I headed down to Texas Tactical Training Center to find out. I started by doing more accuracy testing to determine which of the 6.5 Creedmoor loads the rifle liked best. It shoots everything sub-MOA, but it seemed to prefer Hornady’s 143-grain ELD-X Precision Hunter loads over their Hornady’s 147-grain ELD Match and their 140-grain HTBT American Gunner. I only shot one five-shot group with each load, but the 0.55” Precision Hunter group was the best.
That was my first day at TTTC, and the wind was gusting between 5-20mph. It wasn’t an ideal situation, but hunting scenarios rarely are. I walked over to the long-range targets and got down in the prone position using a Magpul bipod and a rear bag.
I had already swapped the Redfield scope for a Leupold Vx-3i 6.5-20x LRP (a good decision), and I could see the 12-inch plate standing 720 yards away with the help of Vortex’s new Fury AB range-finding binoculars (be watching for a full review on those soon!). My goal was to land the first shot at the 700-yard target within the vital area of an elk (about 18”). If I could get closer to my point of aim, even better.
The wind was coming from 10:30, so I wasn’t dealing with a cross breeze. I dialed for bullet drop, aimed at the center of the target, and pulled the trigger.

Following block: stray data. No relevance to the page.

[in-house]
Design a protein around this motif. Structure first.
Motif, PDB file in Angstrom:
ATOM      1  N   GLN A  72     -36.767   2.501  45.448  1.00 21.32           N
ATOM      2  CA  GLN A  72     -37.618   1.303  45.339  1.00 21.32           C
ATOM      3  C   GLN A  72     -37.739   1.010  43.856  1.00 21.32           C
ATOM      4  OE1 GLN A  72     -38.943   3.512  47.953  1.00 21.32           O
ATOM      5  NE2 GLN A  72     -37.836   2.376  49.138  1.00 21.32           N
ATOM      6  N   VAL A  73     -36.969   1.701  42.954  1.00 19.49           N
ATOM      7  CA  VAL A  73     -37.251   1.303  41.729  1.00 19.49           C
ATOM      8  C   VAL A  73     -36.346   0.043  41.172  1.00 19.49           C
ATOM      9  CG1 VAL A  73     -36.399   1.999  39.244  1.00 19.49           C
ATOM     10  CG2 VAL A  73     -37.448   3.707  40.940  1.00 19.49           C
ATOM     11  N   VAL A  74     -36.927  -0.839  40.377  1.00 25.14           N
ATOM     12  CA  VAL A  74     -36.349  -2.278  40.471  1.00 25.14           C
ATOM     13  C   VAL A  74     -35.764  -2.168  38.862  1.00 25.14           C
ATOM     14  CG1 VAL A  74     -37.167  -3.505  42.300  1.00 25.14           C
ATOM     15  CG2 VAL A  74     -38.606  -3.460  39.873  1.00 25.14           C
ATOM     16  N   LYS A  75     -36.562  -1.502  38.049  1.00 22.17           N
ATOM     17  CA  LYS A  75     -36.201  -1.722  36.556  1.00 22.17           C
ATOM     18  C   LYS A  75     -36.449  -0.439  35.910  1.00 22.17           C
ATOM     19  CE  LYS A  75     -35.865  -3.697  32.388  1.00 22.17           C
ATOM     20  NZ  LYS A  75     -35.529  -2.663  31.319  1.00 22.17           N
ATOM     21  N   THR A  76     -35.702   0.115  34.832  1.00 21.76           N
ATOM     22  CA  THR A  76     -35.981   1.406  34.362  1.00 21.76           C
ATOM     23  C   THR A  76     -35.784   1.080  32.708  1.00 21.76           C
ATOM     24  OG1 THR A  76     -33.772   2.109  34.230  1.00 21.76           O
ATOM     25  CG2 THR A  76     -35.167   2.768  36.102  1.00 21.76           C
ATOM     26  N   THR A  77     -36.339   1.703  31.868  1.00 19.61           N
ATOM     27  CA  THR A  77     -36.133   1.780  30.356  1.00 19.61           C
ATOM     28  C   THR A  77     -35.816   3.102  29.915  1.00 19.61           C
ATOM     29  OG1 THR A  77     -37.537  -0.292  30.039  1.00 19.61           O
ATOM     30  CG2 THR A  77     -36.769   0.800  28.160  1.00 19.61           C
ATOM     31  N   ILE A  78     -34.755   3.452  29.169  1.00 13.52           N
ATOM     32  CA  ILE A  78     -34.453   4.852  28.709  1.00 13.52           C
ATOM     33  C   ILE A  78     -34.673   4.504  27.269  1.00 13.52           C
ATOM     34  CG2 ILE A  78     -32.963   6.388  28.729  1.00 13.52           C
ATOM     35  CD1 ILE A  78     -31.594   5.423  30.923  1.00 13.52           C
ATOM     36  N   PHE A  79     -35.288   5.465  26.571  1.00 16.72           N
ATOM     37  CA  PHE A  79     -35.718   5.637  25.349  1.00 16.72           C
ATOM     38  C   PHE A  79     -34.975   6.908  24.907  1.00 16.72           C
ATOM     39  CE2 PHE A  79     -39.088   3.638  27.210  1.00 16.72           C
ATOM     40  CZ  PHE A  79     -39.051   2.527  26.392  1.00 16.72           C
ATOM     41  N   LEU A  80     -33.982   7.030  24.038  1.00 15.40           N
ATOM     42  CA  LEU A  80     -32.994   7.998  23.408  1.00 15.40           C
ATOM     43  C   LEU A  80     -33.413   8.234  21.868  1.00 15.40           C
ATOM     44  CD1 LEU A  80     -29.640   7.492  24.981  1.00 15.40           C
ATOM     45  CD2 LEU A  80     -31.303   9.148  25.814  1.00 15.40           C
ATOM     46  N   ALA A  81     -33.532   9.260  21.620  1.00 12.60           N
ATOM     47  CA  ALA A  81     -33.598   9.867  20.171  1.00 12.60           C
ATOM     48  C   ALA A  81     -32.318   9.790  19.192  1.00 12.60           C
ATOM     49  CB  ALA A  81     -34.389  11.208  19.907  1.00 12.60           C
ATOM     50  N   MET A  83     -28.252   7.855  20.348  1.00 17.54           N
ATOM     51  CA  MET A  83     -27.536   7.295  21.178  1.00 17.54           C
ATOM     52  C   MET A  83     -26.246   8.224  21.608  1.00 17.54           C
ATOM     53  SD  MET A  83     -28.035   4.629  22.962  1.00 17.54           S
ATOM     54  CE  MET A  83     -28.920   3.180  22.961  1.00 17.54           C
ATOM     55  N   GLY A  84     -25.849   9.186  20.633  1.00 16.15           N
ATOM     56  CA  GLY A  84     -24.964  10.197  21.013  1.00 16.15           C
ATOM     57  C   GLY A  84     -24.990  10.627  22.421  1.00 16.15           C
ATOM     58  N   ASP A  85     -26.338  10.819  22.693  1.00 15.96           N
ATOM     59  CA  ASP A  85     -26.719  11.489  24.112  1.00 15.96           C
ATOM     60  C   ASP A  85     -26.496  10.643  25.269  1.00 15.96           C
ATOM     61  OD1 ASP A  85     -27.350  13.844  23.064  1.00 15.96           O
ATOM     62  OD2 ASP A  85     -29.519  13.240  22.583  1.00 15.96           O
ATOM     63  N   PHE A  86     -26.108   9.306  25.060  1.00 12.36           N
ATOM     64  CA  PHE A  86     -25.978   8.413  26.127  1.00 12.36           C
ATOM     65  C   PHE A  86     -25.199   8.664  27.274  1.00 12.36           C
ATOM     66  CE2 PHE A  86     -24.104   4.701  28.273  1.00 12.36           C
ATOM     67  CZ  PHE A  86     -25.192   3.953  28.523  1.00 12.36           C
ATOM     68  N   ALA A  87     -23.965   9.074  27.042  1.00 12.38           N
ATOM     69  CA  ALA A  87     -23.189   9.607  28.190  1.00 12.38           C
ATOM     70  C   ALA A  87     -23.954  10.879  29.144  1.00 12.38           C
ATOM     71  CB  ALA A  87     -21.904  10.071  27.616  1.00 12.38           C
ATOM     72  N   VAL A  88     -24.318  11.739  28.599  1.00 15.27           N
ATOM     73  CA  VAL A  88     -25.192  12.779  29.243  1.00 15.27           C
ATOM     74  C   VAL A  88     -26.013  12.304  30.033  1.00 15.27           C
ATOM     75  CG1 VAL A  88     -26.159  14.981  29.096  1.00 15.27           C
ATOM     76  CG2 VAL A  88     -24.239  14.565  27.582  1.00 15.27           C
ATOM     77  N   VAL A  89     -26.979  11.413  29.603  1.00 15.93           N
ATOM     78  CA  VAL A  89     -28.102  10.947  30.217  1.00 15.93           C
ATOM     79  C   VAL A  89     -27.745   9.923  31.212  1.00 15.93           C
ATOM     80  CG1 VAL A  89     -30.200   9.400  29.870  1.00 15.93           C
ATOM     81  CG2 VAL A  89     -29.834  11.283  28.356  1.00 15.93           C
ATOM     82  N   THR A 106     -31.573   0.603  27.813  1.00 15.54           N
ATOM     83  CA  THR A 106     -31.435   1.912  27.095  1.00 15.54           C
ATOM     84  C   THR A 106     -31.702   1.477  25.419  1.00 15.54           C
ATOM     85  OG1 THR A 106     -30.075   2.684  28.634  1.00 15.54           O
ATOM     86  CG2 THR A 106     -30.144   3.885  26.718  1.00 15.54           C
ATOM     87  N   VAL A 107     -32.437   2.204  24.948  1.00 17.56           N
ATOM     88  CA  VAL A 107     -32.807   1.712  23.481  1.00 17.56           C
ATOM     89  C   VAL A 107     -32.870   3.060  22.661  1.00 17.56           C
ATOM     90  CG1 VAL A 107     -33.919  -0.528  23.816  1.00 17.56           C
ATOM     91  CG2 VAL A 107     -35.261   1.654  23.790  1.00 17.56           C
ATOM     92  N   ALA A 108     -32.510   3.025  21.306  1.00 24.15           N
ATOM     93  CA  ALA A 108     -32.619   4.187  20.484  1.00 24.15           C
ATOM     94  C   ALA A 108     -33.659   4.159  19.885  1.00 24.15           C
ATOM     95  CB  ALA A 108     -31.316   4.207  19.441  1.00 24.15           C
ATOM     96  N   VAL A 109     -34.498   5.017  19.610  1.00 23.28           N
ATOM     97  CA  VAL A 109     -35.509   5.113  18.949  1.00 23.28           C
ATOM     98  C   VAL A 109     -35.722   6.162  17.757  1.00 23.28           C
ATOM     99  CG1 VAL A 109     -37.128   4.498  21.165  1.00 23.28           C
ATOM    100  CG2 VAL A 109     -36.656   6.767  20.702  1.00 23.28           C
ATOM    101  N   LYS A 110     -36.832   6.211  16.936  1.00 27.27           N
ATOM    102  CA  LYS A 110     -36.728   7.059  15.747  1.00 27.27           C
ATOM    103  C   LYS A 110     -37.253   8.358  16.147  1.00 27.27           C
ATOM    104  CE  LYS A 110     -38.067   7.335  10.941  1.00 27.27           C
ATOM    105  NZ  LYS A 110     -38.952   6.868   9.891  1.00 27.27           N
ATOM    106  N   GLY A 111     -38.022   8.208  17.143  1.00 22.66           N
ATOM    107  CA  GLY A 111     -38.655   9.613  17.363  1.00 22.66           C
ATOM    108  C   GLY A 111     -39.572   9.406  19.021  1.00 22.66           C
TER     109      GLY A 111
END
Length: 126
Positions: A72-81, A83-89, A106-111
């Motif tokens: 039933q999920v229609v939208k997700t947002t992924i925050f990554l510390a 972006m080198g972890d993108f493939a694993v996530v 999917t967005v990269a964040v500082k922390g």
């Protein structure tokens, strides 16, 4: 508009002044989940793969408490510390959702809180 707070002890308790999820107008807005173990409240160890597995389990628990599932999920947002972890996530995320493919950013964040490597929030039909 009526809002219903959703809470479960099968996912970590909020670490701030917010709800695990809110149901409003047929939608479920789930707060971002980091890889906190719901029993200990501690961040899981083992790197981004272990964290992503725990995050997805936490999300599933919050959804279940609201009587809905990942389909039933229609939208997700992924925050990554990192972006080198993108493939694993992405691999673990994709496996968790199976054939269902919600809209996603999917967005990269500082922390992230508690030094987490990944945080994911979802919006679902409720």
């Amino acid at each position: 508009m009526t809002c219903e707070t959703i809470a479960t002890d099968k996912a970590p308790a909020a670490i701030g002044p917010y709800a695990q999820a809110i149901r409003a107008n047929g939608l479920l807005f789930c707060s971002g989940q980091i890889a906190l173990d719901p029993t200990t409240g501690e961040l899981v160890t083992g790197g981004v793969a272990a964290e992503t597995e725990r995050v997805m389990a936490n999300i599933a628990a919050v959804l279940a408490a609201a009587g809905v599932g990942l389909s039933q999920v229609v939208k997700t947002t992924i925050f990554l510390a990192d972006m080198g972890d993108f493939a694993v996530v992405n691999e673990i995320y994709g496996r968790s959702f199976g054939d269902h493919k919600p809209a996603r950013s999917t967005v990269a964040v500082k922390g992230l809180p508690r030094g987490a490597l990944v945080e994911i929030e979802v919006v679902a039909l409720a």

Dong. I saw the plate move before I heard the sound, and my shot had landed about four inches to the right of where I’d been aiming (I should have accounted more for the wind). That first shot wouldn’t have won me any shooting competitions, but it almost certainly would have bagged me an elk.
I put three more shots down range without changing my point of aim to see what kind of group the rifle could produce. Impressively, those three shots all landed within about 3.5 inches of the first shot, a legitimate half-MOA group at over 700 yards.
The Model 2020 Waypoint isn’t the perfect high-mountain rifle. It weighs more than some hunting rigs, and it costs more than budget-friendly deer rifles. But if you’re looking for one rifle that does it all, you can’t ignore Springfield’s first bolt-action offering.
Lightweight rifles are great in the mountains, but they’re uncomfortable to shoot beyond three or four rounds. Heavy competition rifles are ideal for long-range work, but you wouldn’t bring one to the deer stand. The Waypoint can transition between applications as well as any rifle on the market. It can excel in the field in both short-range and long-range scenarios. It’s super-accurate and loaded with enough features to compete in precision rifle competitions, and it’s comfortable to shoot during extended range sessions.
It costs a pretty penny ($1,699-$2,399 MSRP), but if you’re looking to make a custom-rifle investment without spending custom-rifle dollars, give the Waypoint a look.
Specifications of model tested:
CALIBER: 6.5 Creedmoor
COLOR: Ridgeline Camo
BARREL: 22″ Carbon Fiber, 1:8, Desert Verde Cerakote® H-256P
RECEIVER: Model 2020 Stainless Steel, Desert Verde Cerakote® H-256P
OPTIC MOUNTING: Picatinny Mount, Rem 700 SA Pattern, 6-48 Screws
BOLT: Fluted 4140 Tool Steel, Nitride
STOCK: Hybrid Profile, Adjustable Carbon Fiber, M-Lok®
TRIGGER: TriggerTech Adjustable, 2.5 – 5 lbs
MUZZLE DEVICE: SA Radial Brake, Desert Verde Cerakote® H-256P
MAGAZINES: (1) 5-Round, AICS Short Action
WEIGHT: 7 lbs 8 oz